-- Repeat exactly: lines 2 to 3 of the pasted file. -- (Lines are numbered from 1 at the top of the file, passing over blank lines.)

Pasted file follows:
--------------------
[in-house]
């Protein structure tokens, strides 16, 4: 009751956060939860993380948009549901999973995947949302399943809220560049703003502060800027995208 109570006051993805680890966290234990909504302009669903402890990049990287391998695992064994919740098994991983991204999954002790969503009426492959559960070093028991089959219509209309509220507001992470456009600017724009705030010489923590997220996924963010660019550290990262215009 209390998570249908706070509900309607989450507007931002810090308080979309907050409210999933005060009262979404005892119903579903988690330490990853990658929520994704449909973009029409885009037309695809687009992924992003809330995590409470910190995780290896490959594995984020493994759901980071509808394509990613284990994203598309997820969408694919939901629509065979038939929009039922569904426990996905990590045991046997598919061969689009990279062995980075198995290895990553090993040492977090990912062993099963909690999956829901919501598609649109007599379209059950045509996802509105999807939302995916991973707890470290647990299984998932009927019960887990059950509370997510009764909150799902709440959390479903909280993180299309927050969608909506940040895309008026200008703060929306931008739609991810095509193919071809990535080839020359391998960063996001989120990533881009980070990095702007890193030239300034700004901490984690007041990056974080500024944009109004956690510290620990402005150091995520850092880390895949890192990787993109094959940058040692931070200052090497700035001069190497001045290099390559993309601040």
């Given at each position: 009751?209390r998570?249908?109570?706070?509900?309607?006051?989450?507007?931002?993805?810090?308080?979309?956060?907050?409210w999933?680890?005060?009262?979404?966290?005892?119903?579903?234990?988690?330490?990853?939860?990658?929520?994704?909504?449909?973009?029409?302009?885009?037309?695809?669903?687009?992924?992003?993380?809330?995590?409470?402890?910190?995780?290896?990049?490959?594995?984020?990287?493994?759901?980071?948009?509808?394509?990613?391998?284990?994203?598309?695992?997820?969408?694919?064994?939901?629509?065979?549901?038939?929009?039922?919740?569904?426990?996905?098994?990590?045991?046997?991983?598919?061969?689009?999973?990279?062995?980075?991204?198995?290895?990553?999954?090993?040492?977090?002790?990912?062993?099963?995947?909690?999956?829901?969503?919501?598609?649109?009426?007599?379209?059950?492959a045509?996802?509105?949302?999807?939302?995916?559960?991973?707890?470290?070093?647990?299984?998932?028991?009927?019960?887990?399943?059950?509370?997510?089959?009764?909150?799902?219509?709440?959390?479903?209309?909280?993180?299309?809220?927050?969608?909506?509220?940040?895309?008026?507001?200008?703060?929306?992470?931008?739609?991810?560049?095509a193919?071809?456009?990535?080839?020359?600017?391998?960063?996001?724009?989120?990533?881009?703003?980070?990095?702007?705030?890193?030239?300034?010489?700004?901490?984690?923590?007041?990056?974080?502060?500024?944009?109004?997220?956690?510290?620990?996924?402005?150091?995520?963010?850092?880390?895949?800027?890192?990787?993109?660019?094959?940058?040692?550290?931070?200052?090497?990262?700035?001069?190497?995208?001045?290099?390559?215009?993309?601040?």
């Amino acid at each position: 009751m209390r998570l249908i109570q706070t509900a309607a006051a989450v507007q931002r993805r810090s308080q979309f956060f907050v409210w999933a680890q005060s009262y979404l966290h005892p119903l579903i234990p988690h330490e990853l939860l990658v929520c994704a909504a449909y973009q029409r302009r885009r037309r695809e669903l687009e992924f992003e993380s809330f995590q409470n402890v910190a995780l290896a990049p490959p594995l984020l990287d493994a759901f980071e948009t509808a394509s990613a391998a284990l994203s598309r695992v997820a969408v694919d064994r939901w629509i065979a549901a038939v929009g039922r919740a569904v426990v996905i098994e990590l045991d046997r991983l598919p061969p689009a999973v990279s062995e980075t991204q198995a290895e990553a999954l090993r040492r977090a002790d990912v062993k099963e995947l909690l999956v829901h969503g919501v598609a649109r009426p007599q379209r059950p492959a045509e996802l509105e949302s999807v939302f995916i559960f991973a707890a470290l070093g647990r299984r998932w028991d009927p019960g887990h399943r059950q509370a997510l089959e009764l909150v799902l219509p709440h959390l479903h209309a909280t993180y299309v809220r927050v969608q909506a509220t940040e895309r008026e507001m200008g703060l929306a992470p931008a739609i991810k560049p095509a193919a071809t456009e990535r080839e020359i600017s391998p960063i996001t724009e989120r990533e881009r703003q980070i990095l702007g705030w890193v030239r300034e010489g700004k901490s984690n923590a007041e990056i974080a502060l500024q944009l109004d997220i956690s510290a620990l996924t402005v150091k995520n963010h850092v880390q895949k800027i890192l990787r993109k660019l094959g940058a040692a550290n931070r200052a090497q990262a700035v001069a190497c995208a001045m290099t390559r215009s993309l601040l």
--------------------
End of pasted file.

């Protein structure tokens, strides 16, 4: 009751956060939860993380948009549901999973995947949302399943809220560049703003502060800027995208 109570006051993805680890966290234990909504302009669903402890990049990287391998695992064994919740098994991983991204999954002790969503009426492959559960070093028991089959219509209309509220507001992470456009600017724009705030010489923590997220996924963010660019550290990262215009 209390998570249908706070509900309607989450507007931002810090308080979309907050409210999933005060009262979404005892119903579903988690330490990853990658929520994704449909973009029409885009037309695809687009992924992003809330995590409470910190995780290896490959594995984020493994759901980071509808394509990613284990994203598309997820969408694919939901629509065979038939929009039922569904426990996905990590045991046997598919061969689009990279062995980075198995290895990553090993040492977090990912062993099963909690999956829901919501598609649109007599379209059950045509996802509105999807939302995916991973707890470290647990299984998932009927019960887990059950509370997510009764909150799902709440959390479903909280993180299309927050969608909506940040895309008026200008703060929306931008739609991810095509193919071809990535080839020359391998960063996001989120990533881009980070990095702007890193030239300034700004901490984690007041990056974080500024944009109004956690510290620990402005150091995520850092880390895949890192990787993109094959940058040692931070200052090497700035001069190497001045290099390559993309601040």
């Given at each position: 009751?209390r998570?249908?109570?706070?509900?309607?006051?989450?507007?931002?993805?810090?308080?979309?956060?907050?409210w999933?680890?005060?009262?979404?966290?005892?119903?579903?234990?988690?330490?990853?939860?990658?929520?994704?909504?449909?973009?029409?302009?885009?037309?695809?669903?687009?992924?992003?993380?809330?995590?409470?402890?910190?995780?290896?990049?490959?594995?984020?990287?493994?759901?980071?948009?509808?394509?990613?391998?284990?994203?598309?695992?997820?969408?694919?064994?939901?629509?065979?549901?038939?929009?039922?919740?569904?426990?996905?098994?990590?045991?046997?991983?598919?061969?689009?999973?990279?062995?980075?991204?198995?290895?990553?999954?090993?040492?977090?002790?990912?062993?099963?995947?909690?999956?829901?969503?919501?598609?649109?009426?007599?379209?059950?492959a045509?996802?509105?949302?999807?939302?995916?559960?991973?707890?470290?070093?647990?299984?998932?028991?009927?019960?887990?399943?059950?509370?997510?089959?009764?909150?799902?219509?709440?959390?479903?209309?909280?993180?299309?809220?927050?969608?909506?509220?940040?895309?008026?507001?200008?703060?929306?992470?931008?739609?991810?560049?095509a193919?071809?456009?990535?080839?020359?600017?391998?960063?996001?724009?989120?990533?881009?703003?980070?990095?702007?705030?890193?030239?300034?010489?700004?901490?984690?923590?007041?990056?974080?502060?500024?944009?109004?997220?956690?510290?620990?996924?402005?150091?995520?963010?850092?880390?895949?800027?890192?990787?993109?660019?094959?940058?040692?550290?931070?200052?090497?990262?700035?001069?190497?995208?001045?290099?390559?215009?993309?601040?």